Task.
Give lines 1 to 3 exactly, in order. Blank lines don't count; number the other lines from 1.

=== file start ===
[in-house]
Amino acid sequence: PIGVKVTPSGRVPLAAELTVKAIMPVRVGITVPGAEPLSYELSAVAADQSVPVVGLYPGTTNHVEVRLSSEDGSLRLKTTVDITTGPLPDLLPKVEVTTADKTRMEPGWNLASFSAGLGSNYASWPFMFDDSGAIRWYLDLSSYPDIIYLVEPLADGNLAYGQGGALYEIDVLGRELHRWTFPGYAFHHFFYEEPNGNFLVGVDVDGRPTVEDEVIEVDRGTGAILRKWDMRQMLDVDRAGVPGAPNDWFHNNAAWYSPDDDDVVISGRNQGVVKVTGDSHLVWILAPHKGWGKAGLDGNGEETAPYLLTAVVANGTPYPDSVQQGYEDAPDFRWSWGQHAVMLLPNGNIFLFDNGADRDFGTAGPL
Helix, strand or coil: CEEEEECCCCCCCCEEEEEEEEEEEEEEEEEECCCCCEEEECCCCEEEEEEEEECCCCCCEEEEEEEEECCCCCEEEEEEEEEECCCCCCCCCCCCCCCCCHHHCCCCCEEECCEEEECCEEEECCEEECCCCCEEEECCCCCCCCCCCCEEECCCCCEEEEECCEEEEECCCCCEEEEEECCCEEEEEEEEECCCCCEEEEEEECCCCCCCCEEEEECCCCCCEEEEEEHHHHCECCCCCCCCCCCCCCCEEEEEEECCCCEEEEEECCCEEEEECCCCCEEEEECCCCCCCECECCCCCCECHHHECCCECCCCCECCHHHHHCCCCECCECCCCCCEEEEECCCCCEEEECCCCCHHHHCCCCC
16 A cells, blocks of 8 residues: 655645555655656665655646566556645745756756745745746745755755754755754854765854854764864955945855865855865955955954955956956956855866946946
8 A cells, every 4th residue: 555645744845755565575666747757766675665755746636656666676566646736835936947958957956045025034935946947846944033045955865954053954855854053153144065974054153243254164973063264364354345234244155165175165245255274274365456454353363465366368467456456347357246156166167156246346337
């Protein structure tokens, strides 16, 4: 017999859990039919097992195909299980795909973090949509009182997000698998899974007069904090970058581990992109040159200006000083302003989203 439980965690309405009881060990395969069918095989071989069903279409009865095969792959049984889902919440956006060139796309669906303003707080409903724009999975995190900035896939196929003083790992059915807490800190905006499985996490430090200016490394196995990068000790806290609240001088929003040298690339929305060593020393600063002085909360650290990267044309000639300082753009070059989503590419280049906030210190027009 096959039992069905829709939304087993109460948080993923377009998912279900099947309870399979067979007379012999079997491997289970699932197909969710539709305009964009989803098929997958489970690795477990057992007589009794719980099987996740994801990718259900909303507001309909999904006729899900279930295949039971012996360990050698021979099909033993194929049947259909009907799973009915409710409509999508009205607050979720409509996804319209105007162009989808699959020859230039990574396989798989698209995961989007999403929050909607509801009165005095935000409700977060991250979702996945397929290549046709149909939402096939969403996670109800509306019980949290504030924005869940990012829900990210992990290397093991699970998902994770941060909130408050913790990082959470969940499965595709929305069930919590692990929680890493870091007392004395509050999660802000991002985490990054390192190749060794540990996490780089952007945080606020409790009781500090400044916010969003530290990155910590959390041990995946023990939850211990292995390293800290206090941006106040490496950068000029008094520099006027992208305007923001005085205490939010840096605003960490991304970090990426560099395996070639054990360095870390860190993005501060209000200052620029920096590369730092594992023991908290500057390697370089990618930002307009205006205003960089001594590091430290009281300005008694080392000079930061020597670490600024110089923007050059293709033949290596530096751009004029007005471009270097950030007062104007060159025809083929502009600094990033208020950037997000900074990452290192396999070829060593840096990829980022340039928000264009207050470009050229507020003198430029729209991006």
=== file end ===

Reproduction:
[in-house]
Amino acid sequence: PIGVKVTPSGRVPLAAELTVKAIMPVRVGITVPGAEPLSYELSAVAADQSVPVVGLYPGTTNHVEVRLSSEDGSLRLKTTVDITTGPLPDLLPKVEVTTADKTRMEPGWNLASFSAGLGSNYASWPFMFDDSGAIRWYLDLSSYPDIIYLVEPLADGNLAYGQGGALYEIDVLGRELHRWTFPGYAFHHFFYEEPNGNFLVGVDVDGRPTVEDEVIEVDRGTGAILRKWDMRQMLDVDRAGVPGAPNDWFHNNAAWYSPDDDDVVISGRNQGVVKVTGDSHLVWILAPHKGWGKAGLDGNGEETAPYLLTAVVANGTPYPDSVQQGYEDAPDFRWSWGQHAVMLLPNGNIFLFDNGADRDFGTAGPL
Helix, strand or coil: CEEEEECCCCCCCCEEEEEEEEEEEEEEEEEECCCCCEEEECCCCEEEEEEEEECCCCCCEEEEEEEEECCCCCEEEEEEEEEECCCCCCCCCCCCCCCCCHHHCCCCCEEECCEEEECCEEEECCEEECCCCCEEEECCCCCCCCCCCCEEECCCCCEEEEECCEEEEECCCCCEEEEEECCCEEEEEEEEECCCCCEEEEEEECCCCCCCCEEEEECCCCCCEEEEEEHHHHCECCCCCCCCCCCCCCCEEEEEEECCCCEEEEEECCCEEEEECCCCCEEEEECCCCCCCECECCCCCCECHHHECCCECCCCCECCHHHHHCCCCECCECCCCCCEEEEECCCCCEEEECCCCCHHHHCCCCC